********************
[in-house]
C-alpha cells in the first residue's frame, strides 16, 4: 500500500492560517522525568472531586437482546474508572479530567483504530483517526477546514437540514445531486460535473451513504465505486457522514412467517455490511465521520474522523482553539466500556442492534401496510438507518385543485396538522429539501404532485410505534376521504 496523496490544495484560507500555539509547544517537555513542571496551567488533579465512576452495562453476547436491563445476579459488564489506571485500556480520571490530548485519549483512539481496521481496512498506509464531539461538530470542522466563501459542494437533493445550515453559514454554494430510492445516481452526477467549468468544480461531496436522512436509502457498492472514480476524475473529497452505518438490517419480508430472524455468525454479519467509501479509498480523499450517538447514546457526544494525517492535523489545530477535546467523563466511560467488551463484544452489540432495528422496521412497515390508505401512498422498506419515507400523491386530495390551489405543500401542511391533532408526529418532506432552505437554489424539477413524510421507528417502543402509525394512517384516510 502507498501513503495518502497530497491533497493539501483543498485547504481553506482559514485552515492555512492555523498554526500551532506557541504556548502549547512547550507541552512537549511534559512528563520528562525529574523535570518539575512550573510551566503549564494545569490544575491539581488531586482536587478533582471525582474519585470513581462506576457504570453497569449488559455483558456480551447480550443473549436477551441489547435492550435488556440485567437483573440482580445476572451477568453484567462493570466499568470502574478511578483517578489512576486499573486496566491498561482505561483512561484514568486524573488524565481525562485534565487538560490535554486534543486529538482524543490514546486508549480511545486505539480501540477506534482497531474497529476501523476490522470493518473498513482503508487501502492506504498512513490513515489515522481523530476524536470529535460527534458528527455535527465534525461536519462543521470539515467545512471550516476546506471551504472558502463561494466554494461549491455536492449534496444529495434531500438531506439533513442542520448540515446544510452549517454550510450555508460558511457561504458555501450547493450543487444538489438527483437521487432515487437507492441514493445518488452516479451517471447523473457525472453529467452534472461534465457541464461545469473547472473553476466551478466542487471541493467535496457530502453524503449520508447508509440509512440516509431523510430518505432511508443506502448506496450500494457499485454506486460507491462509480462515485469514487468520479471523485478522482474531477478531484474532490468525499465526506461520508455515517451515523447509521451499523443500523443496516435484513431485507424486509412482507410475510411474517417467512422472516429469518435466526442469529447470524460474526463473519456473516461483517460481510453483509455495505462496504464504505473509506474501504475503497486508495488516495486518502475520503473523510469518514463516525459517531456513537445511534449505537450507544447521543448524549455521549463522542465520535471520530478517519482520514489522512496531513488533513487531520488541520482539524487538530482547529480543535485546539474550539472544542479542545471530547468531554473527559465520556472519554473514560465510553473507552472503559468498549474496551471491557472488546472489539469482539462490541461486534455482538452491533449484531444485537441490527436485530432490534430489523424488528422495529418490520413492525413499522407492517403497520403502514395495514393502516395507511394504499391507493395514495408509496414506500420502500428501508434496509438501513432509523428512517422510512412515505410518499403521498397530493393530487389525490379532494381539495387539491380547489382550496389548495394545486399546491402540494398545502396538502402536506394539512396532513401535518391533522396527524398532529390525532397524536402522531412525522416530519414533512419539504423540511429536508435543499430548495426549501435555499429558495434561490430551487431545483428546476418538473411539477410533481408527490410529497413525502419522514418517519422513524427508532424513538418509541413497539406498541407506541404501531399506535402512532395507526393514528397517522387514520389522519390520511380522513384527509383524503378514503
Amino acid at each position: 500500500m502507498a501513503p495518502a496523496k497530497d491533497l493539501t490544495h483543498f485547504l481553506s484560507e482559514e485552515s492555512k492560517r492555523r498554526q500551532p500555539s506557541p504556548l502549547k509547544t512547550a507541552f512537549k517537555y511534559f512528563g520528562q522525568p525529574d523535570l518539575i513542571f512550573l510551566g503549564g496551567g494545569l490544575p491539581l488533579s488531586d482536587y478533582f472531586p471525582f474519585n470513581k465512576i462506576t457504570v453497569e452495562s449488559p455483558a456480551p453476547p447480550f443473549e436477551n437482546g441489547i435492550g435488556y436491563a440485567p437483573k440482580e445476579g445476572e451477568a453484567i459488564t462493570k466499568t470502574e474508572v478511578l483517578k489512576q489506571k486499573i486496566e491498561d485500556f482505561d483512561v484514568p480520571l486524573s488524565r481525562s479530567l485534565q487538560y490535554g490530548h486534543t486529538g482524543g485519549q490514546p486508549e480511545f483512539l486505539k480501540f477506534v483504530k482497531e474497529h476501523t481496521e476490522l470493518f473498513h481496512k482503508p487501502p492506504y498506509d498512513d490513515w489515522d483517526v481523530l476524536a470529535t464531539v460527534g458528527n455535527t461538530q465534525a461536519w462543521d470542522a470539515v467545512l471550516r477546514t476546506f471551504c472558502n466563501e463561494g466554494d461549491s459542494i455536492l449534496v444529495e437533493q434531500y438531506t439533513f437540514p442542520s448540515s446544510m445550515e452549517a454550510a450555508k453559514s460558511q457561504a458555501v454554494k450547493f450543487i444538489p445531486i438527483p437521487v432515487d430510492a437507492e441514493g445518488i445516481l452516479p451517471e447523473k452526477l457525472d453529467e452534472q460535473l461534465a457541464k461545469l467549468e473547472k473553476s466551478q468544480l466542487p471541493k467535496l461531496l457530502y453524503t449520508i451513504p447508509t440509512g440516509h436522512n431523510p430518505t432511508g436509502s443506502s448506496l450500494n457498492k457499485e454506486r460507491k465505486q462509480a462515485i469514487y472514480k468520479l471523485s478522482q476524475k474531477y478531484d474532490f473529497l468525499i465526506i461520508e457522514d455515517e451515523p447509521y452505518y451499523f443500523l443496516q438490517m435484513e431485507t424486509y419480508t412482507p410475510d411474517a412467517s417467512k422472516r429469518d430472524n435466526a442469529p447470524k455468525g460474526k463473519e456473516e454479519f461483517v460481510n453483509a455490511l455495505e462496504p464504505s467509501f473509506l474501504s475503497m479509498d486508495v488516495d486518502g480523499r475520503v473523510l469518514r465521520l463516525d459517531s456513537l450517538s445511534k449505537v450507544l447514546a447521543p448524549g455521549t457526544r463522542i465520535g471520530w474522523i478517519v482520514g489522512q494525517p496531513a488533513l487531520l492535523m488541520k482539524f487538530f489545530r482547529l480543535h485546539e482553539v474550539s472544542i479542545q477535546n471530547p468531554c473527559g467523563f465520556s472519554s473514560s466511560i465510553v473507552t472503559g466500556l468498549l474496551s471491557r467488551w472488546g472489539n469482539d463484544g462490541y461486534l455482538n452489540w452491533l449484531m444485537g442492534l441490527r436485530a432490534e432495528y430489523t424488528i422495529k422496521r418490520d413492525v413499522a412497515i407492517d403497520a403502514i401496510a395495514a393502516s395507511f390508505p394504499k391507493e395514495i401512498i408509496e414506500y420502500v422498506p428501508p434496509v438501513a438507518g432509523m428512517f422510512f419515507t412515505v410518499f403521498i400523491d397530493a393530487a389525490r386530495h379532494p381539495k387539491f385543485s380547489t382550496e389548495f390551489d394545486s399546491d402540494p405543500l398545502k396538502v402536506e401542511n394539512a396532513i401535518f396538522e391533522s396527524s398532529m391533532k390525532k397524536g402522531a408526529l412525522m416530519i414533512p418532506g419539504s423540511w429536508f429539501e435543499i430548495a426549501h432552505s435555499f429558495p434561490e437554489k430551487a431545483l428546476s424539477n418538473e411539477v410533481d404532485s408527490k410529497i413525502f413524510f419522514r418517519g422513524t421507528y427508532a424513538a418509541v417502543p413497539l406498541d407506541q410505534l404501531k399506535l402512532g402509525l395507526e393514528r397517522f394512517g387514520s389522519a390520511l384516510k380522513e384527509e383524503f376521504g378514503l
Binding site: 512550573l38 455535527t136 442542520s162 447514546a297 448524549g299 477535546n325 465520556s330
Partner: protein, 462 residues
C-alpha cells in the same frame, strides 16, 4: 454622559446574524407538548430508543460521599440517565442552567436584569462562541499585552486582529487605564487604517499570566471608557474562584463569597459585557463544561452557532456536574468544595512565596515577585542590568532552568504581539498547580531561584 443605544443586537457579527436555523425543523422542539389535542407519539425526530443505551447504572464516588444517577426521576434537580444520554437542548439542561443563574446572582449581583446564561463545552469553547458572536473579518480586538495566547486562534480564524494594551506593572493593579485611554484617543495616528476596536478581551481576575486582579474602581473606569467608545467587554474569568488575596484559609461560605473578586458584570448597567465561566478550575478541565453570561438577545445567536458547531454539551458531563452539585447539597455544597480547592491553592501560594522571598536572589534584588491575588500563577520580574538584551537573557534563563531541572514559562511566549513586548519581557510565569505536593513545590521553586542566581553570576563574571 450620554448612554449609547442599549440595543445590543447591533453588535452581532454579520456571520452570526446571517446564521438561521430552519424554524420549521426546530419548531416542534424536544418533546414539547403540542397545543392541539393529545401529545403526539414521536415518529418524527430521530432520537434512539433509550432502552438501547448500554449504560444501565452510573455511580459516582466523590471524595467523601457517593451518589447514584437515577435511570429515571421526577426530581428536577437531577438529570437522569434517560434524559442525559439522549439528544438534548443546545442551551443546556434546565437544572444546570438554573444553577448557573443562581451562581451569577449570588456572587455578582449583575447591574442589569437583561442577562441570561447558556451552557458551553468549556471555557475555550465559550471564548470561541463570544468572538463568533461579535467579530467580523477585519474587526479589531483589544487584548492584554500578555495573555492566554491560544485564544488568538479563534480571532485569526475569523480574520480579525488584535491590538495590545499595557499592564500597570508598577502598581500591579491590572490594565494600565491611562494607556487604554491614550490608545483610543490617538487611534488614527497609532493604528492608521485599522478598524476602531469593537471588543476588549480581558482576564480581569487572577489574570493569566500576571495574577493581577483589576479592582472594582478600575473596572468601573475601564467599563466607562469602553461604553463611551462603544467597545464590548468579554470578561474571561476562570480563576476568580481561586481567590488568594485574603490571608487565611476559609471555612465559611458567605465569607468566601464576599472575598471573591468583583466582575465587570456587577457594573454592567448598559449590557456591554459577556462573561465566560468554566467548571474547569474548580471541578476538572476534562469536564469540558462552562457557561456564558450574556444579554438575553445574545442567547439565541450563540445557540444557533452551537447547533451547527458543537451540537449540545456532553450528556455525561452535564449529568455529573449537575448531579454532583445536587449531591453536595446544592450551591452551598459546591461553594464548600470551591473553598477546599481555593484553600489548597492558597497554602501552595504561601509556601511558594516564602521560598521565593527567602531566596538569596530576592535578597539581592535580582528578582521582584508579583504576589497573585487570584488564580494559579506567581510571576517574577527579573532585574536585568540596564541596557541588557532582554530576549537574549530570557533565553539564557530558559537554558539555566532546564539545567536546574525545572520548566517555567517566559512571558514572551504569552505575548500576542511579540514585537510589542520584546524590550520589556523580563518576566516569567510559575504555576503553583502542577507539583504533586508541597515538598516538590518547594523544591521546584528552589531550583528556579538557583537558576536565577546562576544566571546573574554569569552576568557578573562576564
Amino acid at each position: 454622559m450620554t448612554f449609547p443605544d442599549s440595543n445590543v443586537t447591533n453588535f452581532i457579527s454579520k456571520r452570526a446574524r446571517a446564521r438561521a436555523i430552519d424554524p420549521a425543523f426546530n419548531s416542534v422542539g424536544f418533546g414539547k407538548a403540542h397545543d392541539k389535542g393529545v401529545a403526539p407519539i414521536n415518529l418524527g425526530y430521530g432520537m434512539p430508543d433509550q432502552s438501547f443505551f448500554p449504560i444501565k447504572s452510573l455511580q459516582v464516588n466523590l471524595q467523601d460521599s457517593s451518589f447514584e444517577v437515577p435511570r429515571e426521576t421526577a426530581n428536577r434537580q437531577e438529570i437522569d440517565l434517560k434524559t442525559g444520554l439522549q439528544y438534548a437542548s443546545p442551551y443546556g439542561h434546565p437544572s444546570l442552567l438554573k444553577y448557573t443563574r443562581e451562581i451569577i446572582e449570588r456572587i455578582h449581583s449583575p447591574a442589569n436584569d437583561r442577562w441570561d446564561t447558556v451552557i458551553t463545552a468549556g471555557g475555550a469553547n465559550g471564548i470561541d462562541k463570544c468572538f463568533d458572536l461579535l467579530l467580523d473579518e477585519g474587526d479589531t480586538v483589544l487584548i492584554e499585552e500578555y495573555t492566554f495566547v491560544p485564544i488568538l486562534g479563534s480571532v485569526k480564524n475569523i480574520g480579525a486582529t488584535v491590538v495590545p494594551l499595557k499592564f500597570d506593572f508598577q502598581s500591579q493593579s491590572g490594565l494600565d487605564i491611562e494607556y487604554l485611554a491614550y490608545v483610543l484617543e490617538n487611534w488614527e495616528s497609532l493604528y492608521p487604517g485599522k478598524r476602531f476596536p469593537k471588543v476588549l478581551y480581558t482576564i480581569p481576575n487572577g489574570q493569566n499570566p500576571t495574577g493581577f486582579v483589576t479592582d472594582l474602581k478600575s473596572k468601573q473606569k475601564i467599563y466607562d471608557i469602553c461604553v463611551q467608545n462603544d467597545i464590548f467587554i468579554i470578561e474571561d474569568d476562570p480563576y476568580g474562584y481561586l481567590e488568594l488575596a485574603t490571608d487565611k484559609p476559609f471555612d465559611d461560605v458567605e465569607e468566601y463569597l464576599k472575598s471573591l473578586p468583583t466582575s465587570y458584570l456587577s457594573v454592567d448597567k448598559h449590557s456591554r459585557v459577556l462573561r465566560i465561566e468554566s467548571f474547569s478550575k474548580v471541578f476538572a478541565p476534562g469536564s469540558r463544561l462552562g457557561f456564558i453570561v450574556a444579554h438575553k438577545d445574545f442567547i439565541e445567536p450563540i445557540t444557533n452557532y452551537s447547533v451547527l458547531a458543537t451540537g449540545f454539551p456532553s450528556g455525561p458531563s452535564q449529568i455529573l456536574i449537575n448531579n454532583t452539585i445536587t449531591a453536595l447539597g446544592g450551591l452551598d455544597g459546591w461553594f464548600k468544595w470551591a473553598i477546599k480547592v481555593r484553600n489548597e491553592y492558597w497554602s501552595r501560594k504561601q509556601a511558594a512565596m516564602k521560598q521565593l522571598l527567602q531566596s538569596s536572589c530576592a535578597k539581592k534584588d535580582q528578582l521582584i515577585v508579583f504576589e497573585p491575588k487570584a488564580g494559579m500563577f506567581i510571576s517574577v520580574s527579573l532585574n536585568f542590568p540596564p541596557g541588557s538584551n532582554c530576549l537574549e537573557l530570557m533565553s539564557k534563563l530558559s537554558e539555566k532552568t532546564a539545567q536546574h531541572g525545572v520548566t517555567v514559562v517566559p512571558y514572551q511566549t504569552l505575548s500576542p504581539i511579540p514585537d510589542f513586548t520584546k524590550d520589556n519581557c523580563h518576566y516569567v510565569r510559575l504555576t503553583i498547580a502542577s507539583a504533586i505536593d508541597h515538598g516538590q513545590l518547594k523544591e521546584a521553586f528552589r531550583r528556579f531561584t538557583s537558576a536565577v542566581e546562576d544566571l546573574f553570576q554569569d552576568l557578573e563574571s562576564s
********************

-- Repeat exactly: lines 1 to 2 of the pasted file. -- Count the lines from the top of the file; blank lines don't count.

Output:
[in-house]
C-alpha cells in the first residue's frame, strides 16, 4: 500500500492560517522525568472531586437482546474508572479530567483504530483517526477546514437540514445531486460535473451513504465505486457522514412467517455490511465521520474522523482553539466500556442492534401496510438507518385543485396538522429539501404532485410505534376521504 496523496490544495484560507500555539509547544517537555513542571496551567488533579465512576452495562453476547436491563445476579459488564489506571485500556480520571490530548485519549483512539481496521481496512498506509464531539461538530470542522466563501459542494437533493445550515453559514454554494430510492445516481452526477467549468468544480461531496436522512436509502457498492472514480476524475473529497452505518438490517419480508430472524455468525454479519467509501479509498480523499450517538447514546457526544494525517492535523489545530477535546467523563466511560467488551463484544452489540432495528422496521412497515390508505401512498422498506419515507400523491386530495390551489405543500401542511391533532408526529418532506432552505437554489424539477413524510421507528417502543402509525394512517384516510 502507498501513503495518502497530497491533497493539501483543498485547504481553506482559514485552515492555512492555523498554526500551532506557541504556548502549547512547550507541552512537549511534559512528563520528562525529574523535570518539575512550573510551566503549564494545569490544575491539581488531586482536587478533582471525582474519585470513581462506576457504570453497569449488559455483558456480551447480550443473549436477551441489547435492550435488556440485567437483573440482580445476572451477568453484567462493570466499568470502574478511578483517578489512576486499573486496566491498561482505561483512561484514568486524573488524565481525562485534565487538560490535554486534543486529538482524543490514546486508549480511545486505539480501540477506534482497531474497529476501523476490522470493518473498513482503508487501502492506504498512513490513515489515522481523530476524536470529535460527534458528527455535527465534525461536519462543521470539515467545512471550516476546506471551504472558502463561494466554494461549491455536492449534496444529495434531500438531506439533513442542520448540515446544510452549517454550510450555508460558511457561504458555501450547493450543487444538489438527483437521487432515487437507492441514493445518488452516479451517471447523473457525472453529467452534472461534465457541464461545469473547472473553476466551478466542487471541493467535496457530502453524503449520508447508509440509512440516509431523510430518505432511508443506502448506496450500494457499485454506486460507491462509480462515485469514487468520479471523485478522482474531477478531484474532490468525499465526506461520508455515517451515523447509521451499523443500523443496516435484513431485507424486509412482507410475510411474517417467512422472516429469518435466526442469529447470524460474526463473519456473516461483517460481510453483509455495505462496504464504505473509506474501504475503497486508495488516495486518502475520503473523510469518514463516525459517531456513537445511534449505537450507544447521543448524549455521549463522542465520535471520530478517519482520514489522512496531513488533513487531520488541520482539524487538530482547529480543535485546539474550539472544542479542545471530547468531554473527559465520556472519554473514560465510553473507552472503559468498549474496551471491557472488546472489539469482539462490541461486534455482538452491533449484531444485537441490527436485530432490534430489523424488528422495529418490520413492525413499522407492517403497520403502514395495514393502516395507511394504499391507493395514495408509496414506500420502500428501508434496509438501513432509523428512517422510512412515505410518499403521498397530493393530487389525490379532494381539495387539491380547489382550496389548495394545486399546491402540494398545502396538502402536506394539512396532513401535518391533522396527524398532529390525532397524536402522531412525522416530519414533512419539504423540511429536508435543499430548495426549501435555499429558495434561490430551487431545483428546476418538473411539477410533481408527490410529497413525502419522514418517519422513524427508532424513538418509541413497539406498541407506541404501531399506535402512532395507526393514528397517522387514520389522519390520511380522513384527509383524503378514503